By Rich Brown
JOPLIN, Mo. —
As Joplin residents continue to overcome the devastation wrought by the 2011 tornado, David Ring continues his journey of hope, just as he has for the past 40 years.
Ring is a nationally known author, speaker and a shining example of what he preaches. He will bring his encouraging words to Joplin, as he has a dozen times before, when he takes the pulpit at 6 p.m. Sunday at Eastvue Baptist Church, 2802 New Hampshire Ave.
It would be hard to find a better role model in life than this Jonesboro, Ark., native, who has overcome adversities all his life and, at one point, was receiving 30 invitations a day to give his motivational talk.
After being born with cerebral palsy, Ring was cast about from family to family after being orphaned at age 14. He faced physical pain, public ridicule and endless discouragement.
Now 59, he continues going strong, encouraging people to never give up. Using the Joplin tornado as an example, he said "everybody has a tornado in their own lives to overcome."
In a phone interview this week from Nashville, Tenn., where Ring and his wife, Karen, and four children live, Ring said he started speaking publicly on weekends while going to college. He did it despite reservations about his cerebral palsy-induced speech impediment.
He said he never thought about continuing public speaking on a regular basis until something happened in 1973, about 30 miles from Joplin at First Baptist Church of Mount Vernon.
"A bunch of guys there took me under their wings and gave me an opportunity to tell my story during a revival," he said. "That took me about 10 minutes, and now my talks take up to 50 minutes because I am continually updating my life story."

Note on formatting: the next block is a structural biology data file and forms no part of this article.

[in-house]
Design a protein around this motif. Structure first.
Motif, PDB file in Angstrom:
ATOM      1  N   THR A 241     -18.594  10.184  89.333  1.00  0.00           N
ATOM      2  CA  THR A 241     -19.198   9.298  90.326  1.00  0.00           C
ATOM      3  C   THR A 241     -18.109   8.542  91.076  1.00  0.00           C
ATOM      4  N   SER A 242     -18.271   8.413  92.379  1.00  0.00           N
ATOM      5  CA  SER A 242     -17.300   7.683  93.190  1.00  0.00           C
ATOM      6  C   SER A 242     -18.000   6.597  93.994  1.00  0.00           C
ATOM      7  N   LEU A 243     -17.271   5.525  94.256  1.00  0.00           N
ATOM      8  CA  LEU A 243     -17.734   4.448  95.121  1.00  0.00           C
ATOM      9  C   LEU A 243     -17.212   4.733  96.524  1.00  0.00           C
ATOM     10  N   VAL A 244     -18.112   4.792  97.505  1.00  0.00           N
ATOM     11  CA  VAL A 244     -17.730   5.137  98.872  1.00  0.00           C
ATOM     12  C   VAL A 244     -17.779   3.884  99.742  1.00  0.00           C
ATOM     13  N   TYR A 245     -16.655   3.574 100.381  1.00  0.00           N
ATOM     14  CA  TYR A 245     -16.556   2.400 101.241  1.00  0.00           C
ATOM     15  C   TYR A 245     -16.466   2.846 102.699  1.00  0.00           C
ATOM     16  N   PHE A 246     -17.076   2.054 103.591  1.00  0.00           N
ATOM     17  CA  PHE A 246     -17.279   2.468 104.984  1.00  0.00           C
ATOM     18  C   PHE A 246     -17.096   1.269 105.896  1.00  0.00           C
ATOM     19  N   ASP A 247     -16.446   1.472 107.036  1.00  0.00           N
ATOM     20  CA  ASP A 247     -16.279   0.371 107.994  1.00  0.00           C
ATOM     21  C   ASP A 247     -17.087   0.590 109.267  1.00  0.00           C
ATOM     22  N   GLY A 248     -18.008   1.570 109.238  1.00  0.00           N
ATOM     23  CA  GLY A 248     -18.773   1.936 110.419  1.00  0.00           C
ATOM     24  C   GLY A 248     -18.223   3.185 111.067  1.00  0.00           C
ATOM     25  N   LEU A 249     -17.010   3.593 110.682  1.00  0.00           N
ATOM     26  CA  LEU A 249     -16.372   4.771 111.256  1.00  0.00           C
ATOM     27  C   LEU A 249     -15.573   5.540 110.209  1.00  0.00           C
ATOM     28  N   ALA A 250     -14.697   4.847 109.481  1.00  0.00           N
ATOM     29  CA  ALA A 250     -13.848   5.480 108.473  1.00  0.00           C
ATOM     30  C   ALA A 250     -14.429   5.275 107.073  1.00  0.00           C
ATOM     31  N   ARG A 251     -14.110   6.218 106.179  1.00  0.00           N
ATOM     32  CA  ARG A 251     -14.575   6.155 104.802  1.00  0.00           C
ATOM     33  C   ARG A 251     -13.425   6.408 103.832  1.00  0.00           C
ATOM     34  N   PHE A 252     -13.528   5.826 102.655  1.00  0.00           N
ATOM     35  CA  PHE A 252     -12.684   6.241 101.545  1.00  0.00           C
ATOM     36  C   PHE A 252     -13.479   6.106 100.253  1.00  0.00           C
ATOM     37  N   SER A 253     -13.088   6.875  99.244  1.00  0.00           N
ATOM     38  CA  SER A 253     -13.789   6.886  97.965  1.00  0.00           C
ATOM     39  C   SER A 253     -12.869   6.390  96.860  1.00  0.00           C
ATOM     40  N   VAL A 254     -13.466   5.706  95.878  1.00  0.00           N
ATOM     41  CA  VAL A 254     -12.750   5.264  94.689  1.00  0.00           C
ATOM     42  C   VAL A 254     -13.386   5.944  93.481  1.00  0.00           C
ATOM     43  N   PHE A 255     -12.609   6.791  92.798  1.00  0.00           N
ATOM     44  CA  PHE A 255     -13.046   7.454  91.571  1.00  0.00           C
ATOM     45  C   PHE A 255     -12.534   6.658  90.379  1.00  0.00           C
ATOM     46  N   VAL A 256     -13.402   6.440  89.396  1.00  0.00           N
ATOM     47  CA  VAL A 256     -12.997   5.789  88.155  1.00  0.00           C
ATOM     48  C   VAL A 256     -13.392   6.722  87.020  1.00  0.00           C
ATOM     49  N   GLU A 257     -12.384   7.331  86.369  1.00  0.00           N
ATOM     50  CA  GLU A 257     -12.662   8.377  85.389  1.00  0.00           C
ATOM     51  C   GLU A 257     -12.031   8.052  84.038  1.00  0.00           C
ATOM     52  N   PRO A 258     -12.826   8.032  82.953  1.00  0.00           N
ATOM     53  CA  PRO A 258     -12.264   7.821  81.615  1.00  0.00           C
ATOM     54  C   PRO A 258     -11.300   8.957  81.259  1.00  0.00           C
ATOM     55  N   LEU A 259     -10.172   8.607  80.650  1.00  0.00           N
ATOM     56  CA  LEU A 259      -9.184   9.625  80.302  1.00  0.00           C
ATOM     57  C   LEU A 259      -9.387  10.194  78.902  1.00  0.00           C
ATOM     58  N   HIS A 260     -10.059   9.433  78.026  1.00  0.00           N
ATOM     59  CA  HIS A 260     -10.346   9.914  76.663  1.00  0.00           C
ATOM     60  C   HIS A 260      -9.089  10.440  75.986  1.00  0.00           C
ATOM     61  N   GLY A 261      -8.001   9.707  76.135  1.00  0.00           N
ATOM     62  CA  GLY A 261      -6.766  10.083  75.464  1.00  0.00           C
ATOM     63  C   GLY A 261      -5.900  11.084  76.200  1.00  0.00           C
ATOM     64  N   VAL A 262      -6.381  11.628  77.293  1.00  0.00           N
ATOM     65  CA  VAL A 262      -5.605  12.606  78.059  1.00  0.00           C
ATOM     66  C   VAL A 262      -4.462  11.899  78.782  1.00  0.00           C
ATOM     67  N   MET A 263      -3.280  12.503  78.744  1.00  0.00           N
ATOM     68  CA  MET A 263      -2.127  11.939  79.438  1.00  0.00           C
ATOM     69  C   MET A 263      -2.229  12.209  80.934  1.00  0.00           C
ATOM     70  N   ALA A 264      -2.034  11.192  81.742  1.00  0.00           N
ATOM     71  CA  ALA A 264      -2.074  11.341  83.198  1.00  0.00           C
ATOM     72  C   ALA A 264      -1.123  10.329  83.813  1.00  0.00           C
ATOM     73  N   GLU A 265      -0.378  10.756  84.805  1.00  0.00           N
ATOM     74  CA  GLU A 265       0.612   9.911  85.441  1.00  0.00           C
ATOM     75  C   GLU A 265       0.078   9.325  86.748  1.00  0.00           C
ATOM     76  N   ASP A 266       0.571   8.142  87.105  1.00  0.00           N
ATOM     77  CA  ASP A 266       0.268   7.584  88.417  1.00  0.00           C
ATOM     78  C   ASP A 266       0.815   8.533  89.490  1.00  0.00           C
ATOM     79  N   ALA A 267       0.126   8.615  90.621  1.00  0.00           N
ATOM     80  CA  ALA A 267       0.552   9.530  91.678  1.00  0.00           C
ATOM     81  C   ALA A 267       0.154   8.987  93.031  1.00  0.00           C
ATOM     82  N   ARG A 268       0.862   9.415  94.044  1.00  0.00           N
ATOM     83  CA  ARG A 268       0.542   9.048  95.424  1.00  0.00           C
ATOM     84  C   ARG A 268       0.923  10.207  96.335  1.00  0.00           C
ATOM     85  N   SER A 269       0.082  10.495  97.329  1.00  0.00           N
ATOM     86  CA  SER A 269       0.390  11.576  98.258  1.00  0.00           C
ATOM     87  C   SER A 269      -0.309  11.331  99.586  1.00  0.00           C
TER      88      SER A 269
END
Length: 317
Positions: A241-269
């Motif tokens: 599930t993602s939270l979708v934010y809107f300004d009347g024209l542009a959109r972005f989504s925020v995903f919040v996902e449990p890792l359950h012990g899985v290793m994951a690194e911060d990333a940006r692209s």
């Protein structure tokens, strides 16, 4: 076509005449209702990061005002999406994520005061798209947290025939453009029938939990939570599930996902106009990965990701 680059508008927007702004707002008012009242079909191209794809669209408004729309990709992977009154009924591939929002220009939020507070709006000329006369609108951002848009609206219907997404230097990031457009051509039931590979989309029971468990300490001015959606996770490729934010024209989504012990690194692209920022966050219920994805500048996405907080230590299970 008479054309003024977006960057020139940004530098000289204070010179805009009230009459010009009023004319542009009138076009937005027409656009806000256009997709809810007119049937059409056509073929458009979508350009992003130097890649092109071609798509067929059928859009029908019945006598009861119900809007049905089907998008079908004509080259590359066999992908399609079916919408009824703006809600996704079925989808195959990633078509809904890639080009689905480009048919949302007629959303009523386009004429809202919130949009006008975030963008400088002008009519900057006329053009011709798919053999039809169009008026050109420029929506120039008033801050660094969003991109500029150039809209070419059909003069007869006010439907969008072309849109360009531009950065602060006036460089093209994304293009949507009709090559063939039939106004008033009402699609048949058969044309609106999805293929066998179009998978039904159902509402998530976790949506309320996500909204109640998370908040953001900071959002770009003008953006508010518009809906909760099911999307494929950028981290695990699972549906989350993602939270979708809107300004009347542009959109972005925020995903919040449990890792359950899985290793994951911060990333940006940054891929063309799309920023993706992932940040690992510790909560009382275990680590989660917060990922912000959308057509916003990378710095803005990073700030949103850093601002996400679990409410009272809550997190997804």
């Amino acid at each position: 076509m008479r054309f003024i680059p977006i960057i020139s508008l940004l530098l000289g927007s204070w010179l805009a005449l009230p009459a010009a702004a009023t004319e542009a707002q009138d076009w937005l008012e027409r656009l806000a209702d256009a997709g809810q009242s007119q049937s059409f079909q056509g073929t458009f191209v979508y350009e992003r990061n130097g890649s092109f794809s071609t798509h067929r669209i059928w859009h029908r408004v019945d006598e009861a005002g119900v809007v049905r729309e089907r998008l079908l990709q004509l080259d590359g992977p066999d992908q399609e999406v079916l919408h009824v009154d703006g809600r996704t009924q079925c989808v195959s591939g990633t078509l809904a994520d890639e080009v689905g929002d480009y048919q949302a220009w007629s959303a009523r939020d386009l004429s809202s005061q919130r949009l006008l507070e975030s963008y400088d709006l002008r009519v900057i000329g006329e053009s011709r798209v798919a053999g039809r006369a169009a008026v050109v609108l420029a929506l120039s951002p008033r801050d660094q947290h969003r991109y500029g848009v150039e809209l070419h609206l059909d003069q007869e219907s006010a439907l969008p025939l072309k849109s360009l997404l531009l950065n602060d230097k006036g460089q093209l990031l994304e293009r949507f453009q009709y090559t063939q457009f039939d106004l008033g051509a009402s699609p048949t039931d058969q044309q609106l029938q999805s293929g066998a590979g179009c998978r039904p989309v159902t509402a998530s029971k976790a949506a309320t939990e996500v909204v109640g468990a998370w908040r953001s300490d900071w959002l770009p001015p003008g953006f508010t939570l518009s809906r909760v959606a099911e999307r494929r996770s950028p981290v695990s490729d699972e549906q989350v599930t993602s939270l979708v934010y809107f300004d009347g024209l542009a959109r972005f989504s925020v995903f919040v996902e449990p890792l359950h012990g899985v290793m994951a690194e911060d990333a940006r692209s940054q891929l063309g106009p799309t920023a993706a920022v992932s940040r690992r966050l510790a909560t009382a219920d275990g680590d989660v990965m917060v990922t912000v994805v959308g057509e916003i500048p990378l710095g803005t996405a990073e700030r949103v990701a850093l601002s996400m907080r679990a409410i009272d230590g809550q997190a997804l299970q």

Ring said his speaking engagements were tough in the beginning, but he soon learned the importance of presenting his message in a comfortable fashion. He worked at making his audience -- and himself -- feel at ease.
"When I stand and speak, I know it will take about five minutes for everyone to catch on," he said. "Some say, 'I cannot understand this guy,' and they get uptight."
Ring refuses to be stifled by his physical limitations. One of the trademarks of his talks comes when he issues a challenge to everyone: "I have cerebral palsy. What's your problem?"
Ring, who graduated with a double major in religion and sociology from William Jewell College in Liberty, Mo., gives credit to Jesus for helping him become victorious in life. Considering his almost insurmountable obstacles, it would have been easy for him to feel like a victim.
He said being a follower of Christ has taught him self-respect and acceptance of his physical challenges.
He presents his message of overcoming life's obstacles to more than 100,000 people each year at churches, conventions, schools and corporate events.
Dave Ramsey, author and radio talk show host, calls Ring one of the most motivating speakers in America today. The late Jerry Falwell, founder and chancellor of Liberty University in Lynchburg, Va., used to refer to him as one of America's most powerful evangelists.
After inviting Ring to speak at his Lynchburg church in 1989, Falwell liked him so much that he put him on his nationwide television programs.
"That gave me a big platform where I was seen and heard all over the world," said Ring, who added that it was right after that when he began receiving 30 speaking invitations a day.
Address correspondence to Rich Brown, c/o The Joplin Globe, P.O. Box 7, Joplin, MO 64802, or email richbrown@ cableone.net.
Ring's book, "Just As I Am" (Moody Press, Chicago, Ill.), tells of his heartaches and victories while addressing a triumph-over-odds theme.